So, I presented on what I know; doing experiments in math class.
We started out with a quick intro about how this isn't meant as one more thing you can add to your classes. This is meant as a replacement for something you already do in your classes. Math classes in the U.S. already try to do too much. Adding one more thing isn't helpful.
Because it would be super awkward to spend 50 minutes talking about active learning without actually doing something we started out with an experiment: ball drop.
I had the participants arrange themselves in groups of two or three. After a sudden death round of rock-paper-scissors, the loser came up to get supplies for the group.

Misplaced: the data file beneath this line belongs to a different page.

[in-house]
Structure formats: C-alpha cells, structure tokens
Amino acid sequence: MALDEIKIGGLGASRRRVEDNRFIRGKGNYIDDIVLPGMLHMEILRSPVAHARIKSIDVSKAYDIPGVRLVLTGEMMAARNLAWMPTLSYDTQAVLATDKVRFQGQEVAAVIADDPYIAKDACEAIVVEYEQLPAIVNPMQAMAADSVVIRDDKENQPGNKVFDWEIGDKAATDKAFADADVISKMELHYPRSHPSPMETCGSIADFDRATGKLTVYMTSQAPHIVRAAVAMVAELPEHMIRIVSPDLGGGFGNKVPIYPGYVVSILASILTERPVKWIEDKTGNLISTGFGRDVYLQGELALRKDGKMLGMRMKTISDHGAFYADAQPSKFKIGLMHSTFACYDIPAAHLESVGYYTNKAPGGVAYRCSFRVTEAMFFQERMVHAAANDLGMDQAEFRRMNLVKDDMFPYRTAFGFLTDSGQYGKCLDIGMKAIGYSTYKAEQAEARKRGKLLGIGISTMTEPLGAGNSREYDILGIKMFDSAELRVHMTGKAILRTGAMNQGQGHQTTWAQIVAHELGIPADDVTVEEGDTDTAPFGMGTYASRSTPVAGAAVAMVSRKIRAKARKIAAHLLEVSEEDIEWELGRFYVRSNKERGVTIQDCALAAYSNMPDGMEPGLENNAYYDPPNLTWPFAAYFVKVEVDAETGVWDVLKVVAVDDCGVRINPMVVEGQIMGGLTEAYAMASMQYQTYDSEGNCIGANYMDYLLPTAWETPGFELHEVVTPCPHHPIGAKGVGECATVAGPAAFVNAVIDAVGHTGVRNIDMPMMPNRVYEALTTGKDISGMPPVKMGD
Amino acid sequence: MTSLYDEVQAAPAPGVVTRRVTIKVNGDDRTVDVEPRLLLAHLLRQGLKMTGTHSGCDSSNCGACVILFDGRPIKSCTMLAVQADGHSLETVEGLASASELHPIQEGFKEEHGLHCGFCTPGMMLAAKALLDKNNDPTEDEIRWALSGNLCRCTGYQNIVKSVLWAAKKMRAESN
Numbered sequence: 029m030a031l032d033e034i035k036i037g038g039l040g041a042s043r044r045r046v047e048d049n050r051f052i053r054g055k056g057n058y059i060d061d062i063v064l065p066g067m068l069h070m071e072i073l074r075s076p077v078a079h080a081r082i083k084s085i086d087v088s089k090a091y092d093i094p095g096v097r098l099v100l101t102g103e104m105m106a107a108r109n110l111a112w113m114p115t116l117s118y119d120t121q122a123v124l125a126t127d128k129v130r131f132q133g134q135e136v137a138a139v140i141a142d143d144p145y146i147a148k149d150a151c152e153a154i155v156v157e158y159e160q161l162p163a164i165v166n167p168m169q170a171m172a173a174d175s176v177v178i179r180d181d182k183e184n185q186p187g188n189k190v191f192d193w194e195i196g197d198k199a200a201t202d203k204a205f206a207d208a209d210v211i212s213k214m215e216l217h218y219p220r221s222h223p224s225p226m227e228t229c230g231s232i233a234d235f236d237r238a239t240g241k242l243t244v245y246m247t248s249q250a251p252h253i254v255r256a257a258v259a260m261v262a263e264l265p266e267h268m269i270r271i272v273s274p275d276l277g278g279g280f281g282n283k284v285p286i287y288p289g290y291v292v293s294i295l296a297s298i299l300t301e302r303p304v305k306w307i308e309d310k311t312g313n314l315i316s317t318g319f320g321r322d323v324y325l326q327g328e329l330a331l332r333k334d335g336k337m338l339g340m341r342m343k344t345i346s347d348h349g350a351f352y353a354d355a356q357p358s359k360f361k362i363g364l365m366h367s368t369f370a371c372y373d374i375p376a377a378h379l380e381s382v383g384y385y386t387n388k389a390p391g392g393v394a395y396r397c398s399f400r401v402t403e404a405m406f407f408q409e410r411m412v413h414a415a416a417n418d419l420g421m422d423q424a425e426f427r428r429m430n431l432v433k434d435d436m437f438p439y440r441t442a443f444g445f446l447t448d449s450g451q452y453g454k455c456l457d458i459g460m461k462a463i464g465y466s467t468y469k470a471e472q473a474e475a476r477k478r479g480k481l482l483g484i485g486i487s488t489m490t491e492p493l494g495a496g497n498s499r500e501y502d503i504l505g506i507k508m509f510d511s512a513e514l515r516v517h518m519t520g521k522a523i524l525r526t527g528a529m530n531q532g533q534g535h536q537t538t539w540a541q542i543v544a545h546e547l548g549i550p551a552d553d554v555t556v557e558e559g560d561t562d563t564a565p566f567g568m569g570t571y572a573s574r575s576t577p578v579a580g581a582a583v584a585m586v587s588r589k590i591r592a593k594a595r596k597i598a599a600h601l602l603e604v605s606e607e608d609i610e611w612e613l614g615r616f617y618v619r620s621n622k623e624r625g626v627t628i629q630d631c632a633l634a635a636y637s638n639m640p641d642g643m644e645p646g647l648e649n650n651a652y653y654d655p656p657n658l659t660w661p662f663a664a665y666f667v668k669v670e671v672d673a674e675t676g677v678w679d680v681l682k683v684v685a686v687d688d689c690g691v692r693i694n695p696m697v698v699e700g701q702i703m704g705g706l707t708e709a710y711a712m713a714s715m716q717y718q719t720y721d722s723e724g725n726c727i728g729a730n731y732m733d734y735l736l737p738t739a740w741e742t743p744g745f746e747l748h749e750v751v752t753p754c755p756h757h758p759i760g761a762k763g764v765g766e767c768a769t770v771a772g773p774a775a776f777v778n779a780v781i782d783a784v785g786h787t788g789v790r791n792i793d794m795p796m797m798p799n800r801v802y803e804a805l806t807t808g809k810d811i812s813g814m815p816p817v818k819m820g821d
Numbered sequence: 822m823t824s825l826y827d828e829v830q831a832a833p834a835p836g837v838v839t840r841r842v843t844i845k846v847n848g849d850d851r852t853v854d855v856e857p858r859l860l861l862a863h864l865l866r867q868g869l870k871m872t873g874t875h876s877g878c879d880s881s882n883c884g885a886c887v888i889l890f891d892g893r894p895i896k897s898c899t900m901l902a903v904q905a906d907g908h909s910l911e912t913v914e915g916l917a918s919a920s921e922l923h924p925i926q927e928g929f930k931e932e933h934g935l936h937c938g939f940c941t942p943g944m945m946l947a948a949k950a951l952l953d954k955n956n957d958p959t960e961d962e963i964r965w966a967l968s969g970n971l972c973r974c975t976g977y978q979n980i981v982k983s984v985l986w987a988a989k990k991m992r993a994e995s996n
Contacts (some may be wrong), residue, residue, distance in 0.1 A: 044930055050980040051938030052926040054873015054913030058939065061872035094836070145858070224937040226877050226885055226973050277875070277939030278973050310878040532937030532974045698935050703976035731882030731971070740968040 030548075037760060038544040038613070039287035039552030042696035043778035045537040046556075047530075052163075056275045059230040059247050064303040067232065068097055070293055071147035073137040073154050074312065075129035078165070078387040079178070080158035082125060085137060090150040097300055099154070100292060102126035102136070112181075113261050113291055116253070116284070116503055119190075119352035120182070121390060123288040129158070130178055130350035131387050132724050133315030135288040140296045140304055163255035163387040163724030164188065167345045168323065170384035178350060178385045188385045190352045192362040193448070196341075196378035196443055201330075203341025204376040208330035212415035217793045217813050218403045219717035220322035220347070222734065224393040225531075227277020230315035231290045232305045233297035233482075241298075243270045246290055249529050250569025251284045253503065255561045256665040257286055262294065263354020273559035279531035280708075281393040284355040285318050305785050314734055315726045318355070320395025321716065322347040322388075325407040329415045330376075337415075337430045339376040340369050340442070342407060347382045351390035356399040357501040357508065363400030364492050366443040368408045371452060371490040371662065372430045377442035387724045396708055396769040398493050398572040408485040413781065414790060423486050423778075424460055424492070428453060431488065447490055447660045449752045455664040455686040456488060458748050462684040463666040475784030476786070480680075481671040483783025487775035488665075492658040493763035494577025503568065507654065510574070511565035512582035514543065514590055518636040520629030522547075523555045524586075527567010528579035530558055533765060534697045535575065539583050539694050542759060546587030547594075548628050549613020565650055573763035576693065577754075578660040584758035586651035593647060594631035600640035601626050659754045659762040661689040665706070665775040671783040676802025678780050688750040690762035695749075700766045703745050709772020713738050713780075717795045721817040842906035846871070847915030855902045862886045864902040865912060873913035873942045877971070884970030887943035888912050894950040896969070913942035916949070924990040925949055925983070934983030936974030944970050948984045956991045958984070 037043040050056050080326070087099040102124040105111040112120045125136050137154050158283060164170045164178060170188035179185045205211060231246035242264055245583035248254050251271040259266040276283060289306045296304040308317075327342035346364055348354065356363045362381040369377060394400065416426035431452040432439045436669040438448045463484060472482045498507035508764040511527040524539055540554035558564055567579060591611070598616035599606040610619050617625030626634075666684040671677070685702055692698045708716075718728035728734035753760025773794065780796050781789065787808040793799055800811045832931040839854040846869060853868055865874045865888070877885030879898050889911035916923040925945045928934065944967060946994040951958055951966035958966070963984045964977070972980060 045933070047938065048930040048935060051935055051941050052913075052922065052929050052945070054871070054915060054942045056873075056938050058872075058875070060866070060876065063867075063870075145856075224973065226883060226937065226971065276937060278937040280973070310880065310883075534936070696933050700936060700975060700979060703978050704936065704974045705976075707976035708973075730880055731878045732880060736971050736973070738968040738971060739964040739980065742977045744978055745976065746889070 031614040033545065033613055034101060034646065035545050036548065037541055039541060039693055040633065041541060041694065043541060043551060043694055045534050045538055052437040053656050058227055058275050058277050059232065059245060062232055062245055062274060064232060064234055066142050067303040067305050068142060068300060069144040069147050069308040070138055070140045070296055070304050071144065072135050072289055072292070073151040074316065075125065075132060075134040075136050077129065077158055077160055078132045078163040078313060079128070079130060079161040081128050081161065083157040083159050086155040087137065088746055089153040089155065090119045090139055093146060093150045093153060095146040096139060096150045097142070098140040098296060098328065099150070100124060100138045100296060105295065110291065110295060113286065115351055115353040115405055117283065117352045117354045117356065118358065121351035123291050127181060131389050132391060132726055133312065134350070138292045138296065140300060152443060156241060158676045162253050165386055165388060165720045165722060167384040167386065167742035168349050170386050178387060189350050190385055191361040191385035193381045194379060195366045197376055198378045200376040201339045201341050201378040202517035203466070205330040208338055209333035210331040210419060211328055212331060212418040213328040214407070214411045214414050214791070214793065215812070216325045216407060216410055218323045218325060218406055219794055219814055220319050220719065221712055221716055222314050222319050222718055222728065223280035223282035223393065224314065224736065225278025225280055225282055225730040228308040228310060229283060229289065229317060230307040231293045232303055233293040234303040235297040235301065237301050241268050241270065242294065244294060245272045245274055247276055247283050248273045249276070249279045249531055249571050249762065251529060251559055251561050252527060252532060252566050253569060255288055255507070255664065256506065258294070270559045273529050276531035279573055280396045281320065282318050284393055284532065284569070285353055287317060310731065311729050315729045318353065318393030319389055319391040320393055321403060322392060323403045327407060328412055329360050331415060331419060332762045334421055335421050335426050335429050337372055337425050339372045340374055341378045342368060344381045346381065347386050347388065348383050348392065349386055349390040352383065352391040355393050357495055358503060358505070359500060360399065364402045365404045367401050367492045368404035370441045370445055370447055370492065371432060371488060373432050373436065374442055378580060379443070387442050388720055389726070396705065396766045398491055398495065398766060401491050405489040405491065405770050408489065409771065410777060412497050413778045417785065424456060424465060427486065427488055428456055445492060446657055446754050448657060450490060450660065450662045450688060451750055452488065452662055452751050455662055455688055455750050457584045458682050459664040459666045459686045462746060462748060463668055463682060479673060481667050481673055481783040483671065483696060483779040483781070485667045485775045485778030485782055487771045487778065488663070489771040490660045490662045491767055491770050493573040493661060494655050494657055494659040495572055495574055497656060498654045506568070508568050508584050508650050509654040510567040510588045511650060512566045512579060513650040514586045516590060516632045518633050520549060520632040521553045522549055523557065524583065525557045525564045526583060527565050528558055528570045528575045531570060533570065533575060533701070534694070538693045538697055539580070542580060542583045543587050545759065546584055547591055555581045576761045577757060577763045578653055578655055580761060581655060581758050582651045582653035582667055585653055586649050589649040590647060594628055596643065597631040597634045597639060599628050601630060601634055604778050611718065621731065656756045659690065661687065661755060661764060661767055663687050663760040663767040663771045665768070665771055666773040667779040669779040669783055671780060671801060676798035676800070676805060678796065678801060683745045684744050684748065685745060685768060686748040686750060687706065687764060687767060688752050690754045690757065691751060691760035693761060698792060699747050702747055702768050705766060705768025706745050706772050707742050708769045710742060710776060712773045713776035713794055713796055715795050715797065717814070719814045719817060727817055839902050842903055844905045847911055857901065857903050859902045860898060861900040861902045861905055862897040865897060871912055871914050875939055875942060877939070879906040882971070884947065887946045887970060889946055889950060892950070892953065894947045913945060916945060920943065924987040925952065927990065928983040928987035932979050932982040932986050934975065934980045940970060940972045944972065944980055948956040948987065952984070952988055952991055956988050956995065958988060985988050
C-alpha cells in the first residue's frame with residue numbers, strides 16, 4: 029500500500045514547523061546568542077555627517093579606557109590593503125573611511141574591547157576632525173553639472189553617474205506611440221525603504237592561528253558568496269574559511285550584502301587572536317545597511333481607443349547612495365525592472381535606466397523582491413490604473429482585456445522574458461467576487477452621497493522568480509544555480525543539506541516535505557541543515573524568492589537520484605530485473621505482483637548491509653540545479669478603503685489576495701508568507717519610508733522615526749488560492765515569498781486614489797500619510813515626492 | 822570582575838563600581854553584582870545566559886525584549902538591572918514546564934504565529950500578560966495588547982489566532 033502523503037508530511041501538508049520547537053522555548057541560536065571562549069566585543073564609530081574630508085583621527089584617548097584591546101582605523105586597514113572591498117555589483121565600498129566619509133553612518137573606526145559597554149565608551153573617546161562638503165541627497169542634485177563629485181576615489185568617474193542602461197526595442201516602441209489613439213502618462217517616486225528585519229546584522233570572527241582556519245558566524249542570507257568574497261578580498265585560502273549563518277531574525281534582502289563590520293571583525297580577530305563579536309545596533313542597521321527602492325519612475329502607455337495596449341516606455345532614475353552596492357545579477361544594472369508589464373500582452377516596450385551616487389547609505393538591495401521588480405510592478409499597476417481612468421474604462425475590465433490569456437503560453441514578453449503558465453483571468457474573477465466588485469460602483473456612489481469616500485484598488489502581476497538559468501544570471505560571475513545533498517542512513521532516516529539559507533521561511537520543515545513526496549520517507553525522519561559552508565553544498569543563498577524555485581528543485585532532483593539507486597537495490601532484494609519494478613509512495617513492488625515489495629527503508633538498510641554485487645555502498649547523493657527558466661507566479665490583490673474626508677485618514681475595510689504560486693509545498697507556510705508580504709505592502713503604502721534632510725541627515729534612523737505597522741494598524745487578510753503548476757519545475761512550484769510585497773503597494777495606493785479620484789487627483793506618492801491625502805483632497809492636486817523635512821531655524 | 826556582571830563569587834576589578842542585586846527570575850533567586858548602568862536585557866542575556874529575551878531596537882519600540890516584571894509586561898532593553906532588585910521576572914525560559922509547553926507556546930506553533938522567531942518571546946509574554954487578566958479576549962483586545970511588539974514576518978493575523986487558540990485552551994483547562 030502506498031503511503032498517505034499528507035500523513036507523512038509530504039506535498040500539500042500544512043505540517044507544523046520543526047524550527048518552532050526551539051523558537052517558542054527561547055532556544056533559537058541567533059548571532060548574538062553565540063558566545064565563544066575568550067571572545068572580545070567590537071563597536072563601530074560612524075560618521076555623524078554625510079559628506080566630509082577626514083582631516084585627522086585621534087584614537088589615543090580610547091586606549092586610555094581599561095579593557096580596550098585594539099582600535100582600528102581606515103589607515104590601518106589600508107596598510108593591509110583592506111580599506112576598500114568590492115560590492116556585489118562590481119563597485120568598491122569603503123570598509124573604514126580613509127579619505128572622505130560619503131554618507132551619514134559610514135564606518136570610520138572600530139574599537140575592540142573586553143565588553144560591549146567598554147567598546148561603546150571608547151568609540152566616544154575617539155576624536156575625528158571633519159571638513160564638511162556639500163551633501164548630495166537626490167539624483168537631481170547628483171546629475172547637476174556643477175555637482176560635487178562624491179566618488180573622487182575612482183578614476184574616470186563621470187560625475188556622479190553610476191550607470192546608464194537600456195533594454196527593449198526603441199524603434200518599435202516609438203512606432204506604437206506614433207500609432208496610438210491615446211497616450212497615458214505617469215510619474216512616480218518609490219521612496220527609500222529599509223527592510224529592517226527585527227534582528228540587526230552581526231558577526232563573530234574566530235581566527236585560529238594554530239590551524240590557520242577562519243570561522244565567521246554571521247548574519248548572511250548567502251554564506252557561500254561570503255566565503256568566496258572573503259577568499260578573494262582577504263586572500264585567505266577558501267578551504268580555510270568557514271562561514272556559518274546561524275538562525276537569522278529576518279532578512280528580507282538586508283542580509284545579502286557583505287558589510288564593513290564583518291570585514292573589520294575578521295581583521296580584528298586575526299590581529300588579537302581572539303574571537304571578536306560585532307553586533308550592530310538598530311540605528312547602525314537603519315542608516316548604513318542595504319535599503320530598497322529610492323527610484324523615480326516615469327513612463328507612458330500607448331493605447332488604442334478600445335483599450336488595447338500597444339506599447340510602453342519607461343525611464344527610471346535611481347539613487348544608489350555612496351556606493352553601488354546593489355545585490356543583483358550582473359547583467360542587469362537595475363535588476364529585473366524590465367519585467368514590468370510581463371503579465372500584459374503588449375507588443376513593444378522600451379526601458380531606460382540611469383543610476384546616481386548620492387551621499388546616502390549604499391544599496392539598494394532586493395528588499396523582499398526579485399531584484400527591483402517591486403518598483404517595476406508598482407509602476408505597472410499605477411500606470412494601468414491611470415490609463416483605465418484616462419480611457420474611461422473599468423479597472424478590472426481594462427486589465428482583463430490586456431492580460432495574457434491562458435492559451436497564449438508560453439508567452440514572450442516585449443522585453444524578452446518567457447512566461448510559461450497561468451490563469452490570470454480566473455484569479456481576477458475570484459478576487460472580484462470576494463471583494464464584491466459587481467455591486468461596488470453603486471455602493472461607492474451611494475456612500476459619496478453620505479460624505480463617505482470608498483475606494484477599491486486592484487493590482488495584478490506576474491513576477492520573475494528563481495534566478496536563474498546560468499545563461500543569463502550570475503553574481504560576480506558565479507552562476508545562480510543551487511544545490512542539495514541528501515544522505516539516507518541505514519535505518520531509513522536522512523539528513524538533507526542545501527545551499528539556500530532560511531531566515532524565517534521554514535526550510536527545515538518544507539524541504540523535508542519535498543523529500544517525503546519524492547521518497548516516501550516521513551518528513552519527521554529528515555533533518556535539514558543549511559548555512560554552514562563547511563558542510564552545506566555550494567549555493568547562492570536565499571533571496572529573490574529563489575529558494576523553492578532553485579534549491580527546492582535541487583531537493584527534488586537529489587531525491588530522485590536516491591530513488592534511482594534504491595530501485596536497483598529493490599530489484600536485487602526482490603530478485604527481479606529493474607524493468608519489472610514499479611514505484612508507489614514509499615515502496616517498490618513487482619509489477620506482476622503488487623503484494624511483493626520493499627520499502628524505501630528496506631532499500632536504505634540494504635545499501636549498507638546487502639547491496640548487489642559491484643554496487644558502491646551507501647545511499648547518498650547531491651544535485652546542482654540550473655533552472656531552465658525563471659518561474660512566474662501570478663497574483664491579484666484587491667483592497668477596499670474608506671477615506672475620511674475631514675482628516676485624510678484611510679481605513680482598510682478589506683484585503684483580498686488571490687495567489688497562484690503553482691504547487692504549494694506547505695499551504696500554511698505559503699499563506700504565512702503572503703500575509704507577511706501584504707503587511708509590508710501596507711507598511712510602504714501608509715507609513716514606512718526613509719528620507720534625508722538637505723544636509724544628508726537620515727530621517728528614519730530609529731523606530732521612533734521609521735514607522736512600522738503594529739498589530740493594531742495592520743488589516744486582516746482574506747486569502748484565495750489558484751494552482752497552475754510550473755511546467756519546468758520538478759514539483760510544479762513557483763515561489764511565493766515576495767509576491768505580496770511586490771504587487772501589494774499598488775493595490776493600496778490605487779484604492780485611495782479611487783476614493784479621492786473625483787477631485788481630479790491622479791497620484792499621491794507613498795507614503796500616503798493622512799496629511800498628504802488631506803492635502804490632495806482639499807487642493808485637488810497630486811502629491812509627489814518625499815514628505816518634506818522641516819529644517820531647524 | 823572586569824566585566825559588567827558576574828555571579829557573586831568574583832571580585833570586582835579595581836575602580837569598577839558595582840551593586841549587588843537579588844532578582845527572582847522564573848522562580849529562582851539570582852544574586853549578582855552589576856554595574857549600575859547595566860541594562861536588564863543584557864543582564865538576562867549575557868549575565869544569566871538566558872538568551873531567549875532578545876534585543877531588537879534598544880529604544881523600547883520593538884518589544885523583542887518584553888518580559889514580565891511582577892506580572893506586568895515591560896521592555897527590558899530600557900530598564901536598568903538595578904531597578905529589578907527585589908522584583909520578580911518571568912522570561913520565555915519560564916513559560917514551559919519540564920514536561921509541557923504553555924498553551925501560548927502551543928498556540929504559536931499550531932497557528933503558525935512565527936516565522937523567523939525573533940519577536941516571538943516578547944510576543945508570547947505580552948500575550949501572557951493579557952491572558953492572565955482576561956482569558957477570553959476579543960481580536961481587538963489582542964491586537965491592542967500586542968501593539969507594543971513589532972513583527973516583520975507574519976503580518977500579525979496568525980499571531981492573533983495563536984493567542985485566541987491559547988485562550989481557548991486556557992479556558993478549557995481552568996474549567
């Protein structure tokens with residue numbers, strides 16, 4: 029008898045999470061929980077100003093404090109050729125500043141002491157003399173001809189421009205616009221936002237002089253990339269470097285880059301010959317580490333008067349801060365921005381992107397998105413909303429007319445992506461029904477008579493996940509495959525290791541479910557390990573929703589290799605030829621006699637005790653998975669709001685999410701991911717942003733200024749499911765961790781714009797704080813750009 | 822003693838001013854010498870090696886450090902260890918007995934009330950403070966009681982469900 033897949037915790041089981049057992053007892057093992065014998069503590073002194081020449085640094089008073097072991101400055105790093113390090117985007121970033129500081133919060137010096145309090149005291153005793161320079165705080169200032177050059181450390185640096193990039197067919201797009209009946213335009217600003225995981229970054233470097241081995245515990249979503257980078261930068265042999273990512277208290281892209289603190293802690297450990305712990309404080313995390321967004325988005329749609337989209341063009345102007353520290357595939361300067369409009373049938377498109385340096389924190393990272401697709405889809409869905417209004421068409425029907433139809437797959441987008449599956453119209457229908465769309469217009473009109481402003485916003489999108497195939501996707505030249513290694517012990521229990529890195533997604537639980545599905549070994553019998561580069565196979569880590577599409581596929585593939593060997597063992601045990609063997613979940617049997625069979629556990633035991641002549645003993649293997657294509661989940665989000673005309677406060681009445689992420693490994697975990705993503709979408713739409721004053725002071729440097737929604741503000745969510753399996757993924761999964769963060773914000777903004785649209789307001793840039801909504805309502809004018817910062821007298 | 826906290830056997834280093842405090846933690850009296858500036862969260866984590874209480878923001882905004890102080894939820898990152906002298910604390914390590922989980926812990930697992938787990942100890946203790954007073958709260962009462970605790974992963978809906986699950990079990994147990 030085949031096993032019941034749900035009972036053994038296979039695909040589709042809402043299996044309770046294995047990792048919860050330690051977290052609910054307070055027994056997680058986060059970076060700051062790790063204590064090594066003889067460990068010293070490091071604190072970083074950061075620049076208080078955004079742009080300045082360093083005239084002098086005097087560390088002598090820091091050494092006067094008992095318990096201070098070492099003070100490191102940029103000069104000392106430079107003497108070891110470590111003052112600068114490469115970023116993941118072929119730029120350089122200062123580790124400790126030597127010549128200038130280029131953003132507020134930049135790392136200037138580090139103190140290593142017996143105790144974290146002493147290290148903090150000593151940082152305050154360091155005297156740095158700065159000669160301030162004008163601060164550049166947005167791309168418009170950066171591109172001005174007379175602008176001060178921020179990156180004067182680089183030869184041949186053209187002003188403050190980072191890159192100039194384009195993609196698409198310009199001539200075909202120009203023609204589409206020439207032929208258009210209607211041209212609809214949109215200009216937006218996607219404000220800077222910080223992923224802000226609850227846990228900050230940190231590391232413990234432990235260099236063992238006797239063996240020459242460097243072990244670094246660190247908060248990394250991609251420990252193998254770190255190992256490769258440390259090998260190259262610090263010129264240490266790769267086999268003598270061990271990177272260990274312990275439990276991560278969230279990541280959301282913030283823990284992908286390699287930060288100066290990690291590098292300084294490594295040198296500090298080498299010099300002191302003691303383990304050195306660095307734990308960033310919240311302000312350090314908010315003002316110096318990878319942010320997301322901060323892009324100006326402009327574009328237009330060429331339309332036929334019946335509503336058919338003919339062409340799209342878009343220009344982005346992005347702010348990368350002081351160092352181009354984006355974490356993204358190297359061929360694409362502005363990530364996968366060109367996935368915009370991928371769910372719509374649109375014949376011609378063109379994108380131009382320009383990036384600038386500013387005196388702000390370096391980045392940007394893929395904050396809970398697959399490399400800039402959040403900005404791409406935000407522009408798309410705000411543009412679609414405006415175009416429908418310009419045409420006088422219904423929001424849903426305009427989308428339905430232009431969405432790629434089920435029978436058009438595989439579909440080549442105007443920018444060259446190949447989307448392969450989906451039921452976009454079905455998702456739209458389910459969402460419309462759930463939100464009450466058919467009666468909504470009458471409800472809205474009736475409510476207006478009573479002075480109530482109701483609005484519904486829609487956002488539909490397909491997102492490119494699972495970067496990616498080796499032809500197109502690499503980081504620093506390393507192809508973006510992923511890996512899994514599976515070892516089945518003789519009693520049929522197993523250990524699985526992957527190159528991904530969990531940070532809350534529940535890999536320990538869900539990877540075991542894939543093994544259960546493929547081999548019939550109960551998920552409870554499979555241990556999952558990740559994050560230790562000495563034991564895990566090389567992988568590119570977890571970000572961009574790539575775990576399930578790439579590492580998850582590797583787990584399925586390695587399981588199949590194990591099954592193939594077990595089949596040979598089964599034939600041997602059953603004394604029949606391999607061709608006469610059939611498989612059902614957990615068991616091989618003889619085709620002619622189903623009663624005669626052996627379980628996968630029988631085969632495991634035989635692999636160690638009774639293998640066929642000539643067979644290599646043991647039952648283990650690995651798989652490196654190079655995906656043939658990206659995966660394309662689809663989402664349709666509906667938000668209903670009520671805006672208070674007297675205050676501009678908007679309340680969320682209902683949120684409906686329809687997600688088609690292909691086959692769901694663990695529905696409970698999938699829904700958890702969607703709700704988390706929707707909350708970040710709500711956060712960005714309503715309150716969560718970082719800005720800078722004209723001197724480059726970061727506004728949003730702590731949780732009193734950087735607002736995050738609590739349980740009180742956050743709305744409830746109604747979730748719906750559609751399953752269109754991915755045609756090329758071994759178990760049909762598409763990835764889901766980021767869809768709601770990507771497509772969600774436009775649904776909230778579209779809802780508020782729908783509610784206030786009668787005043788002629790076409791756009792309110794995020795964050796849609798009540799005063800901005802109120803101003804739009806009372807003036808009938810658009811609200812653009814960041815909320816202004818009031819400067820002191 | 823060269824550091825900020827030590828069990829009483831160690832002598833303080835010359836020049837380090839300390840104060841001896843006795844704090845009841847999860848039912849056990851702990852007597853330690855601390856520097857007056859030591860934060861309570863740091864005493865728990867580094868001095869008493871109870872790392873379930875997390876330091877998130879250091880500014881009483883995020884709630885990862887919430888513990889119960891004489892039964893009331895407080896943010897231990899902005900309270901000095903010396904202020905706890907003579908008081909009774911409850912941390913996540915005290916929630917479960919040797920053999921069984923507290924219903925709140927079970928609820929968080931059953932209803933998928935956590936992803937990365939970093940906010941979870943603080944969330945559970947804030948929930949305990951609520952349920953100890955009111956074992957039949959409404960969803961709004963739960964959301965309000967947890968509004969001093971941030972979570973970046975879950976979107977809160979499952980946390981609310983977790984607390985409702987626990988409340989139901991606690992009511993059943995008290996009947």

Here's the slide I put up for directions.
Then we hobbled through talking about how running a classroom experiment naturally flows into covering the CCSS math practice standards and the Principles to Actions math teaching standards. Again, super hard to make seamless connections without the major component of those connections--student work. But, this was a room full of sympathetic math teachers/coaches and they helped me out.
I've already hear back from one person:
"I was inspired enough to try it! I'm going to try to do a lesson with perimeter, area, and volume next week. I stole some boxes, meter sticks, and string from my science teacher next door. You were right, he was excited to help. He already had the boxes made for a lab they used to do. I'm going to try to use different balls for my students who need some more complexity and boxes for the students who need more straight-forward data collection." - Mike
That, my friends, is awesome!
AND, you should be super jealous, I ate lunch with this wonderful #MTBoS crew! From the left: @MathEdnet, @lisabej_manitou, @pwharris, @0mod3, and me.